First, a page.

Many shoulder problems are caused by the breakdown of soft tissues in the shoulder region. Using the shoulder too much can cause the soft tissue to break down faster as people get older. Doing manual labor and playing sports can also cause shoulder problems, whether from overuse or by sudden injury. The most common shoulder pain problems are:

  •       Dislocation
  •       Separation
  •       Rotator cuff disease
  •       Rotator cuff tear
  •       Frozen shoulder
  •       Fracture
  •       Arthritis

Whatever the reason, continuing to suffer with shoulder pain shouldn’t have to be your only option. To learn more about the shoulder and the most common causes of shoulder pain, call Colorado Center of Orthopaedic Excellence at (719) 623-1050 to request an appointment, or request one online.

What Does a Hurt Shoulder mean?

The shoulder is an elegant piece of machinery. It happens to have the greatest range of motion of any joint in the body. However, this large range of motion can cause the shoulder to become unstable, leading to joint problems and the site of multiple injuries. Your shoulder joint is composed of four joints, over 30 muscles and 6 major ligaments, and three bones: the clavicle (collarbone), the scapula (shoulder blade), and the humerus (upper arm bone).  An edge of the scapula, called the acromion, forms the top of the shoulder.

Understanding how the different layers of the shoulder are built and connected can help someone understand how the shoulder works, how it can become injured, and how challenging recovery can be when injuries occur. As you can see, the shoulder is extremely complex. When you realize all the different ways and positions we use our hands and shoulders every day, it is easy to understand how they are highly vulnerable to injury and how hard daily life can be when the shoulder isn’t working well.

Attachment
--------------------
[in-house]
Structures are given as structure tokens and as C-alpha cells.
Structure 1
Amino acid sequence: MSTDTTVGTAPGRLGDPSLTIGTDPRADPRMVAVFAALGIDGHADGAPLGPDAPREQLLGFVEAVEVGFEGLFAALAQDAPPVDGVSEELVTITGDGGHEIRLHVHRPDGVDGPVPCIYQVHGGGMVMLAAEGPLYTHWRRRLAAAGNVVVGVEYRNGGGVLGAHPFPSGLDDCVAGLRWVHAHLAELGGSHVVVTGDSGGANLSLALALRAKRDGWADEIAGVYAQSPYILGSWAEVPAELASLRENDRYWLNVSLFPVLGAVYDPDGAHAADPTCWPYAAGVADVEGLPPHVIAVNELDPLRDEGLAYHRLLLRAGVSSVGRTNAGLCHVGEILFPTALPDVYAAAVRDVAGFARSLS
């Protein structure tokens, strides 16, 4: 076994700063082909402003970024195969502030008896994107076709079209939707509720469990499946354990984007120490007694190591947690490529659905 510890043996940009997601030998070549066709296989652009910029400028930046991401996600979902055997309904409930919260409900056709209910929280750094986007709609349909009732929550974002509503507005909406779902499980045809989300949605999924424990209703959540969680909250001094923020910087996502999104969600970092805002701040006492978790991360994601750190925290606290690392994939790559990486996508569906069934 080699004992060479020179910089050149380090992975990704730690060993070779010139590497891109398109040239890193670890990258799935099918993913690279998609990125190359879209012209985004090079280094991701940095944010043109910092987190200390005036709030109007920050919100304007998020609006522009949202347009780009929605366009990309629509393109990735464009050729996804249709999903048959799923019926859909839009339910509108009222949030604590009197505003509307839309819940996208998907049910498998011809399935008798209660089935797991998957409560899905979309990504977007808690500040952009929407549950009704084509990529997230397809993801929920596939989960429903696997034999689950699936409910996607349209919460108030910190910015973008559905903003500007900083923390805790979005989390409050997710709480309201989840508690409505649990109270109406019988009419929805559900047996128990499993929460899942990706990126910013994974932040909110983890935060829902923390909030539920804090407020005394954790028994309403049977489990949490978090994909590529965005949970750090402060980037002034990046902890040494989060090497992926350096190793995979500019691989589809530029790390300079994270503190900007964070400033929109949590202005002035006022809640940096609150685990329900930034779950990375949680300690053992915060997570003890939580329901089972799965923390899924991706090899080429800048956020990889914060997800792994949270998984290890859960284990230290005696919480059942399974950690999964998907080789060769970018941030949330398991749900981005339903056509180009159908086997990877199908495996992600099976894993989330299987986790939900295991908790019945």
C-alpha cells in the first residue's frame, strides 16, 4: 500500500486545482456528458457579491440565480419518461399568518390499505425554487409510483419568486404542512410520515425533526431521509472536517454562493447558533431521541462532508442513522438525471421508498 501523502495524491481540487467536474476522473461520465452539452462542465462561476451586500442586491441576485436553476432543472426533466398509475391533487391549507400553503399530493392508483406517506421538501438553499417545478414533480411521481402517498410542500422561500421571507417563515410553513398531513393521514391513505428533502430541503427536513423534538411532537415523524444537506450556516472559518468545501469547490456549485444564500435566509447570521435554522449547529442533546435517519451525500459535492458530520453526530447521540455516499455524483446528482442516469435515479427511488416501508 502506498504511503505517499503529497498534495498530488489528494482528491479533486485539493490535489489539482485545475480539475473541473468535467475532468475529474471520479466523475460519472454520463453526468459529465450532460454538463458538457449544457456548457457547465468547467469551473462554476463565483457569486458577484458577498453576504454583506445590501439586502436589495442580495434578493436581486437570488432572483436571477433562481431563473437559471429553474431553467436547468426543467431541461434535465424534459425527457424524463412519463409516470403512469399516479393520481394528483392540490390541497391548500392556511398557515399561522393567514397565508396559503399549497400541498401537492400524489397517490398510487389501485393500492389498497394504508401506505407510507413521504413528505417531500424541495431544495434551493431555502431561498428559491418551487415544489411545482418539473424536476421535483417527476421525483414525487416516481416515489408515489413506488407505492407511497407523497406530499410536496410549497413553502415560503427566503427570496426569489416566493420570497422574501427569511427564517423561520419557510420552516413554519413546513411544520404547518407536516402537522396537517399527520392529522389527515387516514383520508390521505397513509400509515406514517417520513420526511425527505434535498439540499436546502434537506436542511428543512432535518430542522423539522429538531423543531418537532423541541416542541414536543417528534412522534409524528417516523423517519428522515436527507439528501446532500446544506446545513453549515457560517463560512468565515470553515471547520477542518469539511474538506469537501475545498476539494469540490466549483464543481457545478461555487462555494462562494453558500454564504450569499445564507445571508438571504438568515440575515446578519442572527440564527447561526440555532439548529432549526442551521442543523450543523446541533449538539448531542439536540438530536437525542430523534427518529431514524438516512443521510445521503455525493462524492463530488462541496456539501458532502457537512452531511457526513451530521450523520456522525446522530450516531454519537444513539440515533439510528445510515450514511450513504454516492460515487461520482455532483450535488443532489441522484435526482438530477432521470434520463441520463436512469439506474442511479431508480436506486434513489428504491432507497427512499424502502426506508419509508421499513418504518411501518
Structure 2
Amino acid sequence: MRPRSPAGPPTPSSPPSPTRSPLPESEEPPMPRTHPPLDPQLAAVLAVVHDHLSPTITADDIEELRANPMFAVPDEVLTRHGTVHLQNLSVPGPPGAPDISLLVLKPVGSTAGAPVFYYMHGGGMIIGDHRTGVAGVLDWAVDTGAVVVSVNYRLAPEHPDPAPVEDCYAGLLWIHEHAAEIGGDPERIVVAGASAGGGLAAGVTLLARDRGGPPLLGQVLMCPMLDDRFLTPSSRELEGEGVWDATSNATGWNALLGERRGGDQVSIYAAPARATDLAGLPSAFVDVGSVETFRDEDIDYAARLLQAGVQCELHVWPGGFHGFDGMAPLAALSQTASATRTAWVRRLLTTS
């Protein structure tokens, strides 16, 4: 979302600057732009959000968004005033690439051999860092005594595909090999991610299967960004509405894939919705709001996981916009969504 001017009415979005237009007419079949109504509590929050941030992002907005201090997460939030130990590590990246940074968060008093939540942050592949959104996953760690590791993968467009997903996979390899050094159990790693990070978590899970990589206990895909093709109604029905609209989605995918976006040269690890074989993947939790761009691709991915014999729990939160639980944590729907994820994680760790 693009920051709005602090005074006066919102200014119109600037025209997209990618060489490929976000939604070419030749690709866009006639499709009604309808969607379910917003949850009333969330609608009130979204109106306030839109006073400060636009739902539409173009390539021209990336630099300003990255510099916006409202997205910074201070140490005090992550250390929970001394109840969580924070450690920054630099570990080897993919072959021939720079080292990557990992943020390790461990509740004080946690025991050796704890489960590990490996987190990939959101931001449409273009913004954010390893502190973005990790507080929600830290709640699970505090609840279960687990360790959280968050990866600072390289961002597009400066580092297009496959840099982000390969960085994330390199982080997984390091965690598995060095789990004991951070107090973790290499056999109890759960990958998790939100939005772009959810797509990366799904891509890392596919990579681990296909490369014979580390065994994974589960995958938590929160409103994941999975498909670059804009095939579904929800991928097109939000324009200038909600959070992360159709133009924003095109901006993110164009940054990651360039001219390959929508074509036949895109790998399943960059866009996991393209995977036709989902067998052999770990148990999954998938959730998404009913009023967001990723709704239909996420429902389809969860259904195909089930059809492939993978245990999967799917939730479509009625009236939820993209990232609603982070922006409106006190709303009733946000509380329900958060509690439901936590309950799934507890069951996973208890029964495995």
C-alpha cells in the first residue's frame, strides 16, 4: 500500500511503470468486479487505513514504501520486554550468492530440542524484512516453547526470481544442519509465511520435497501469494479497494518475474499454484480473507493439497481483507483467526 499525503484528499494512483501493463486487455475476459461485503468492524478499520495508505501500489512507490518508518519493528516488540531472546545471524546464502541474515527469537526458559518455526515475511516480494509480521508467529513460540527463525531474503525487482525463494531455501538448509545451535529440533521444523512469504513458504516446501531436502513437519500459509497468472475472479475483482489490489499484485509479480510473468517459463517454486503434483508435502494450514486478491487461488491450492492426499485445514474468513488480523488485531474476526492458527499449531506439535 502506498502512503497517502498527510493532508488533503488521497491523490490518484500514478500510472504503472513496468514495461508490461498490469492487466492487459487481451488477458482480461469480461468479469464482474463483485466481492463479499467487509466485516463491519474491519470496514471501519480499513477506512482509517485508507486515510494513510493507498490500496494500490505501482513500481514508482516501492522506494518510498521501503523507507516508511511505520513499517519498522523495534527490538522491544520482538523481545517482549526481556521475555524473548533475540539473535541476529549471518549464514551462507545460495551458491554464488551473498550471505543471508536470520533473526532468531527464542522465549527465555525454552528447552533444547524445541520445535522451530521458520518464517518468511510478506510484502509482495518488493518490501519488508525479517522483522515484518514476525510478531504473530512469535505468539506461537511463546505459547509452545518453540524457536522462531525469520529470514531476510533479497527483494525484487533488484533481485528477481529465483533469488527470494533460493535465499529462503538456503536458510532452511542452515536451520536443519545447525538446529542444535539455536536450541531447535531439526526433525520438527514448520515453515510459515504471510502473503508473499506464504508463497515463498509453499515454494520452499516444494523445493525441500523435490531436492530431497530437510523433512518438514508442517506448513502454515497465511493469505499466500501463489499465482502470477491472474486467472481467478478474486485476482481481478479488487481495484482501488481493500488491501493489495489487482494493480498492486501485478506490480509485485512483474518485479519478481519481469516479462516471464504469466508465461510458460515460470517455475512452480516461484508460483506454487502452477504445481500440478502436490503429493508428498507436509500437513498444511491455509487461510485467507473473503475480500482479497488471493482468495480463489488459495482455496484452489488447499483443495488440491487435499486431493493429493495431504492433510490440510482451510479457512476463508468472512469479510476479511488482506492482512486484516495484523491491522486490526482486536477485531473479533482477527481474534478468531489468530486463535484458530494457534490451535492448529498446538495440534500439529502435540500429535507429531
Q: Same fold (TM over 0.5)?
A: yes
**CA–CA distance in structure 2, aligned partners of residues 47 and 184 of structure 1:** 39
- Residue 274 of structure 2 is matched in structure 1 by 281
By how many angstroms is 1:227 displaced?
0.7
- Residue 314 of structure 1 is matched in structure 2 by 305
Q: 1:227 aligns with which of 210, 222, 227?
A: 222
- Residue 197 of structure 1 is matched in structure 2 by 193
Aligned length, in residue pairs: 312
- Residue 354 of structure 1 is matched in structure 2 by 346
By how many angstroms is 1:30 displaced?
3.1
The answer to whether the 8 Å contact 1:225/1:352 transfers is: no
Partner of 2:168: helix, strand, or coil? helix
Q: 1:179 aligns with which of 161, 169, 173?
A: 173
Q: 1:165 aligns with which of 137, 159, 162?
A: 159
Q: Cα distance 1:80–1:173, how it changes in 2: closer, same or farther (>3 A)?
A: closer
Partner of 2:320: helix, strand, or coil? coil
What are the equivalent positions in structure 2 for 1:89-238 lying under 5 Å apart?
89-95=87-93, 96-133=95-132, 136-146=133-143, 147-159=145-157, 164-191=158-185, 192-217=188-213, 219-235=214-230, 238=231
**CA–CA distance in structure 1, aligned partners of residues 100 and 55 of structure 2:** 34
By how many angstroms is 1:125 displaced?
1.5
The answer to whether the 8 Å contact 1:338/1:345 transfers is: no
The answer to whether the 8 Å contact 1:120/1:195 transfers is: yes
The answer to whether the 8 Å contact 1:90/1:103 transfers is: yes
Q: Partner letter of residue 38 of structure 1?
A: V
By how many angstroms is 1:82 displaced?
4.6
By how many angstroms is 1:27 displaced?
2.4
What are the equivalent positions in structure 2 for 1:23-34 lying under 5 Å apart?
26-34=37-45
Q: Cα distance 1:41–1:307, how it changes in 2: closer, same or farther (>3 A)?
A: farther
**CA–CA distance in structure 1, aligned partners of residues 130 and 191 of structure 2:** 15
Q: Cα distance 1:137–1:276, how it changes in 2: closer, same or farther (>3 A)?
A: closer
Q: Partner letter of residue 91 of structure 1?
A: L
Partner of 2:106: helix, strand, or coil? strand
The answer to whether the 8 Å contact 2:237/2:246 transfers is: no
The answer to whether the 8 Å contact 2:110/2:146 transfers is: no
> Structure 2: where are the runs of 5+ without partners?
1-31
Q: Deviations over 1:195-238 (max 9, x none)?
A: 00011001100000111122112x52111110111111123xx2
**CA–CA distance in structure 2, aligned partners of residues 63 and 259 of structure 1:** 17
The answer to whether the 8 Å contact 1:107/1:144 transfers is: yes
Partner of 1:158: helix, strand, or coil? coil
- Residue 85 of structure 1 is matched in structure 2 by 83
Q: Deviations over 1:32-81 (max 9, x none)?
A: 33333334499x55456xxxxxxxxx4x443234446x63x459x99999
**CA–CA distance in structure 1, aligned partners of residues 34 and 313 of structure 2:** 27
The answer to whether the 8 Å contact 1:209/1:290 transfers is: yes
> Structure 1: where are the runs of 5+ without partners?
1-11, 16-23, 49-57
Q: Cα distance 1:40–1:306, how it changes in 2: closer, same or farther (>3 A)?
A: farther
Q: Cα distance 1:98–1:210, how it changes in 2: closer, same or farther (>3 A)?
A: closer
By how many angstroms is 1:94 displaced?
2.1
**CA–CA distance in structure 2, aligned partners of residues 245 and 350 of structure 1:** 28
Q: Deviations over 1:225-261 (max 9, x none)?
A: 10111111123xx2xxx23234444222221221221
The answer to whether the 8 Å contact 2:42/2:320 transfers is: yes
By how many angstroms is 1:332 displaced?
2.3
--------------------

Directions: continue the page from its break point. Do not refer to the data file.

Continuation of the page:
The most common type of shoulder injuries involves chronic shoulder pain, rotator cuff tears, total shoulder replacement, and shoulder impingement syndrome. Most problems in the shoulder involve the muscles, ligaments, and tendons, rather than the bones. Arthritis, injury, and repetitive motions such as those used during sports or work-related activities are leading causes of shoulder or elbow pain, stiffness, and restriction of movement.

However shoulder trouble happens, you should take it seriously. According to the American Academy of Orthopaedic Surgeons, too many people try to “play through the pain,” often turning a minor annoyance into a serious injury. If your shoulder feels stiff and you can’t move your arm normally, or if your shoulder feels weak or ready to pop out of its joint, schedule an appointment with your doctor or an orthopedic specialist. If the pain is intense or you cannot move your arm at all, call your doctor right away.

Here’s a rundown of the most common types of shoulder injuries:

Dislocated shoulder: